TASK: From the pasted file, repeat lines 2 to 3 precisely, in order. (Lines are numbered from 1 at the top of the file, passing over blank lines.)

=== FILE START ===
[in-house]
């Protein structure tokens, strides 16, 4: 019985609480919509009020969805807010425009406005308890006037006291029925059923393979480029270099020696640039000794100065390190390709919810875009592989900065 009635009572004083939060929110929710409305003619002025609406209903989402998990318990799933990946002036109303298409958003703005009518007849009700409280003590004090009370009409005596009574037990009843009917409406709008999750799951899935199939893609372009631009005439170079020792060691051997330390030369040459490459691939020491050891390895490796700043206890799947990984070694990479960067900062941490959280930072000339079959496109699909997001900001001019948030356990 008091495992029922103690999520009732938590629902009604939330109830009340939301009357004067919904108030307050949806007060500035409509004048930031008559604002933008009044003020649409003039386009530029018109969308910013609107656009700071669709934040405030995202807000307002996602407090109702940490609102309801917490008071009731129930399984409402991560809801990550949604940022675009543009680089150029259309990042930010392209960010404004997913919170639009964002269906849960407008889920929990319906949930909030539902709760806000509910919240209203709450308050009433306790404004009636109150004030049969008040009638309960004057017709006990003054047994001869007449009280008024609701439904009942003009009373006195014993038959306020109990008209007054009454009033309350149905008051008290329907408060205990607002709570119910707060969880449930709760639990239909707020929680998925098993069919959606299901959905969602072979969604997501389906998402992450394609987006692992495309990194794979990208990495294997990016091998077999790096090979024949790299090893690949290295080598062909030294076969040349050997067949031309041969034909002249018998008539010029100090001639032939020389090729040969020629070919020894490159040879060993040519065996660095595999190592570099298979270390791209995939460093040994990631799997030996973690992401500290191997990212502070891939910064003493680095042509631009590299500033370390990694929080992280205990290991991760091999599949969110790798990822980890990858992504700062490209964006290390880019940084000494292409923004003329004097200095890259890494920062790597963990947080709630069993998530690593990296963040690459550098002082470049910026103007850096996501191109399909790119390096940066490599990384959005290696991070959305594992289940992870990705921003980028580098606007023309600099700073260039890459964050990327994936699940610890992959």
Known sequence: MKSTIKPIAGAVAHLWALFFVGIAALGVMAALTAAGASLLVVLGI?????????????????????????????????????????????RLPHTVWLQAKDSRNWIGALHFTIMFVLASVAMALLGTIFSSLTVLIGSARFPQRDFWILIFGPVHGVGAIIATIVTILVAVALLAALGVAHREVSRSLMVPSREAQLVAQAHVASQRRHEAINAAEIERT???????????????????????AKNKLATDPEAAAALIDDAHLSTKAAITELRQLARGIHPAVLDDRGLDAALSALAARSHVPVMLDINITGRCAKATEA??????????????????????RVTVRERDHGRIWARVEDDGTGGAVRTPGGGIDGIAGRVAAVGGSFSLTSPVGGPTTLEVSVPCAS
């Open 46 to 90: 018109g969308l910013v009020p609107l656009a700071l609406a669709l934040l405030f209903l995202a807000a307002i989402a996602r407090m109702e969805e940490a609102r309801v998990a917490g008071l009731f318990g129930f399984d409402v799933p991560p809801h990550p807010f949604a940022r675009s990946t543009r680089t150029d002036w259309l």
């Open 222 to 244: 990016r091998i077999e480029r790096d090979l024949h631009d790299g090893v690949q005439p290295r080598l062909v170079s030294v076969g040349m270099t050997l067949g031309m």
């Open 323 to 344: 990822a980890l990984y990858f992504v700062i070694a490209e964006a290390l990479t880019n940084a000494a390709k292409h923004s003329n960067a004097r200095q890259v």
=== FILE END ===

């Protein structure tokens, strides 16, 4: 019985609480919509009020969805807010425009406005308890006037006291029925059923393979480029270099020696640039000794100065390190390709919810875009592989900065 009635009572004083939060929110929710409305003619002025609406209903989402998990318990799933990946002036109303298409958003703005009518007849009700409280003590004090009370009409005596009574037990009843009917409406709008999750799951899935199939893609372009631009005439170079020792060691051997330390030369040459490459691939020491050891390895490796700043206890799947990984070694990479960067900062941490959280930072000339079959496109699909997001900001001019948030356990 008091495992029922103690999520009732938590629902009604939330109830009340939301009357004067919904108030307050949806007060500035409509004048930031008559604002933008009044003020649409003039386009530029018109969308910013609107656009700071669709934040405030995202807000307002996602407090109702940490609102309801917490008071009731129930399984409402991560809801990550949604940022675009543009680089150029259309990042930010392209960010404004997913919170639009964002269906849960407008889920929990319906949930909030539902709760806000509910919240209203709450308050009433306790404004009636109150004030049969008040009638309960004057017709006990003054047994001869007449009280008024609701439904009942003009009373006195014993038959306020109990008209007054009454009033309350149905008051008290329907408060205990607002709570119910707060969880449930709760639990239909707020929680998925098993069919959606299901959905969602072979969604997501389906998402992450394609987006692992495309990194794979990208990495294997990016091998077999790096090979024949790299090893690949290295080598062909030294076969040349050997067949031309041969034909002249018998008539010029100090001639032939020389090729040969020629070919020894490159040879060993040519065996660095595999190592570099298979270390791209995939460093040994990631799997030996973690992401500290191997990212502070891939910064003493680095042509631009590299500033370390990694929080992280205990290991991760091999599949969110790798990822980890990858992504700062490209964006290390880019940084000494292409923004003329004097200095890259890494920062790597963990947080709630069993998530690593990296963040690459550098002082470049910026103007850096996501191109399909790119390096940066490599990384959005290696991070959305594992289940992870990705921003980028580098606007023309600099700073260039890459964050990327994936699940610890992959």
Known sequence: MKSTIKPIAGAVAHLWALFFVGIAALGVMAALTAAGASLLVVLGI?????????????????????????????????????????????RLPHTVWLQAKDSRNWIGALHFTIMFVLASVAMALLGTIFSSLTVLIGSARFPQRDFWILIFGPVHGVGAIIATIVTILVAVALLAALGVAHREVSRSLMVPSREAQLVAQAHVASQRRHEAINAAEIERT???????????????????????AKNKLATDPEAAAALIDDAHLSTKAAITELRQLARGIHPAVLDDRGLDAALSALAARSHVPVMLDINITGRCAKATEA??????????????????????RVTVRERDHGRIWARVEDDGTGGAVRTPGGGIDGIAGRVAAVGGSFSLTSPVGGPTTLEVSVPCAS